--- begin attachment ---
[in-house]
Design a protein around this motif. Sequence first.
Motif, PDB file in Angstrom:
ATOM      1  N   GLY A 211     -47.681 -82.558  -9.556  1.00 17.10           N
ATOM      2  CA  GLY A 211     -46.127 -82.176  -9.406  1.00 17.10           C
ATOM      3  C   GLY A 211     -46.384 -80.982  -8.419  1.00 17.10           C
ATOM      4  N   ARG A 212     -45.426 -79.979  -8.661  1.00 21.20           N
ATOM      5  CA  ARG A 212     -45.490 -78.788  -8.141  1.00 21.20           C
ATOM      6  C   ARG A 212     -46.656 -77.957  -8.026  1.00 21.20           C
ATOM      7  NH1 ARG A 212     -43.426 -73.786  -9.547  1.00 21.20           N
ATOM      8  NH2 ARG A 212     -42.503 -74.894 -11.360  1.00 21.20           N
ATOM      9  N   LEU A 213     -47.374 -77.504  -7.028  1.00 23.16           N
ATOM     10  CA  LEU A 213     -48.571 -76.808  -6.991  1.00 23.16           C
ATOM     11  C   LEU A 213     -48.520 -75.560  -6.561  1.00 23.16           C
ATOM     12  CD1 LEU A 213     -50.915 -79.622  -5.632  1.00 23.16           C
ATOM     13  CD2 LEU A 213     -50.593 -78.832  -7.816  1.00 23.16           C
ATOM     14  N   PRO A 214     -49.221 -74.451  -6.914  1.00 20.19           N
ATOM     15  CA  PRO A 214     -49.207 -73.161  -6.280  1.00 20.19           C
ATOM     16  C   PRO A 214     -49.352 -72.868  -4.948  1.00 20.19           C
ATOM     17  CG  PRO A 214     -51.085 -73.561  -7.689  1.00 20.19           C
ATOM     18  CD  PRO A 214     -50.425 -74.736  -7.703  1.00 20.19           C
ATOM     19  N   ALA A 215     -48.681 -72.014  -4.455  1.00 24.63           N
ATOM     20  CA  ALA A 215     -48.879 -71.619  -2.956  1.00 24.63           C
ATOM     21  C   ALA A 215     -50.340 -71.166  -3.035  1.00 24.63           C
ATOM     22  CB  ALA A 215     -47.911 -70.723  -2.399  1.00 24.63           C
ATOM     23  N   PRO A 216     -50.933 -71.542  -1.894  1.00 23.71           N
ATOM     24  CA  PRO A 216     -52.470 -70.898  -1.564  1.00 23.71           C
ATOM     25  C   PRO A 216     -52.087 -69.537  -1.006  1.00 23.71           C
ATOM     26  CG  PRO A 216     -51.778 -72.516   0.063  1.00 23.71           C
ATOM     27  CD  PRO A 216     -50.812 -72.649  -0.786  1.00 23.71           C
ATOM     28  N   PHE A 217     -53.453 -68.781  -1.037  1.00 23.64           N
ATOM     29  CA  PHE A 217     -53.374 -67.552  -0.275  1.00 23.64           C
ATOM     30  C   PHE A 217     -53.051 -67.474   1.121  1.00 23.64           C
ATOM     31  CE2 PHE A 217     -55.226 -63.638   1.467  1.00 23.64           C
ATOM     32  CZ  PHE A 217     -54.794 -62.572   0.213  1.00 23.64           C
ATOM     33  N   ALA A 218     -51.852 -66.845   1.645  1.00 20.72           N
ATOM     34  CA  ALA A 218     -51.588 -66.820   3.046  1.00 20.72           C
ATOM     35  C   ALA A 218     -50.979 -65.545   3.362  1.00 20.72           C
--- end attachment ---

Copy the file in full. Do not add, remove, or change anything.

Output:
[in-house]
Design a protein around this motif. Sequence first.
Motif, PDB file in Angstrom:
ATOM      1  N   GLY A 211     -47.681 -82.558  -9.556  1.00 17.10           N
ATOM      2  CA  GLY A 211     -46.127 -82.176  -9.406  1.00 17.10           C
ATOM      3  C   GLY A 211     -46.384 -80.982  -8.419  1.00 17.10           C
ATOM      4  N   ARG A 212     -45.426 -79.979  -8.661  1.00 21.20           N
ATOM      5  CA  ARG A 212     -45.490 -78.788  -8.141  1.00 21.20           C
ATOM      6  C   ARG A 212     -46.656 -77.957  -8.026  1.00 21.20           C
ATOM      7  NH1 ARG A 212     -43.426 -73.786  -9.547  1.00 21.20           N
ATOM      8  NH2 ARG A 212     -42.503 -74.894 -11.360  1.00 21.20           N
ATOM      9  N   LEU A 213     -47.374 -77.504  -7.028  1.00 23.16           N
ATOM     10  CA  LEU A 213     -48.571 -76.808  -6.991  1.00 23.16           C
ATOM     11  C   LEU A 213     -48.520 -75.560  -6.561  1.00 23.16           C
ATOM     12  CD1 LEU A 213     -50.915 -79.622  -5.632  1.00 23.16           C
ATOM     13  CD2 LEU A 213     -50.593 -78.832  -7.816  1.00 23.16           C
ATOM     14  N   PRO A 214     -49.221 -74.451  -6.914  1.00 20.19           N
ATOM     15  CA  PRO A 214     -49.207 -73.161  -6.280  1.00 20.19           C
ATOM     16  C   PRO A 214     -49.352 -72.868  -4.948  1.00 20.19           C
ATOM     17  CG  PRO A 214     -51.085 -73.561  -7.689  1.00 20.19           C
ATOM     18  CD  PRO A 214     -50.425 -74.736  -7.703  1.00 20.19           C
ATOM     19  N   ALA A 215     -48.681 -72.014  -4.455  1.00 24.63           N
ATOM     20  CA  ALA A 215     -48.879 -71.619  -2.956  1.00 24.63           C
ATOM     21  C   ALA A 215     -50.340 -71.166  -3.035  1.00 24.63           C
ATOM     22  CB  ALA A 215     -47.911 -70.723  -2.399  1.00 24.63           C
ATOM     23  N   PRO A 216     -50.933 -71.542  -1.894  1.00 23.71           N
ATOM     24  CA  PRO A 216     -52.470 -70.898  -1.564  1.00 23.71           C
ATOM     25  C   PRO A 216     -52.087 -69.537  -1.006  1.00 23.71           C
ATOM     26  CG  PRO A 216     -51.778 -72.516   0.063  1.00 23.71           C
ATOM     27  CD  PRO A 216     -50.812 -72.649  -0.786  1.00 23.71           C
ATOM     28  N   PHE A 217     -53.453 -68.781  -1.037  1.00 23.64           N
ATOM     29  CA  PHE A 217     -53.374 -67.552  -0.275  1.00 23.64           C
ATOM     30  C   PHE A 217     -53.051 -67.474   1.121  1.00 23.64           C
ATOM     31  CE2 PHE A 217     -55.226 -63.638   1.467  1.00 23.64           C
ATOM     32  CZ  PHE A 217     -54.794 -62.572   0.213  1.00 23.64           C
ATOM     33  N   ALA A 218     -51.852 -66.845   1.645  1.00 20.72           N
ATOM     34  CA  ALA A 218     -51.588 -66.820   3.046  1.00 20.72           C
ATOM     35  C   ALA A 218     -50.979 -65.545   3.362  1.00 20.72           C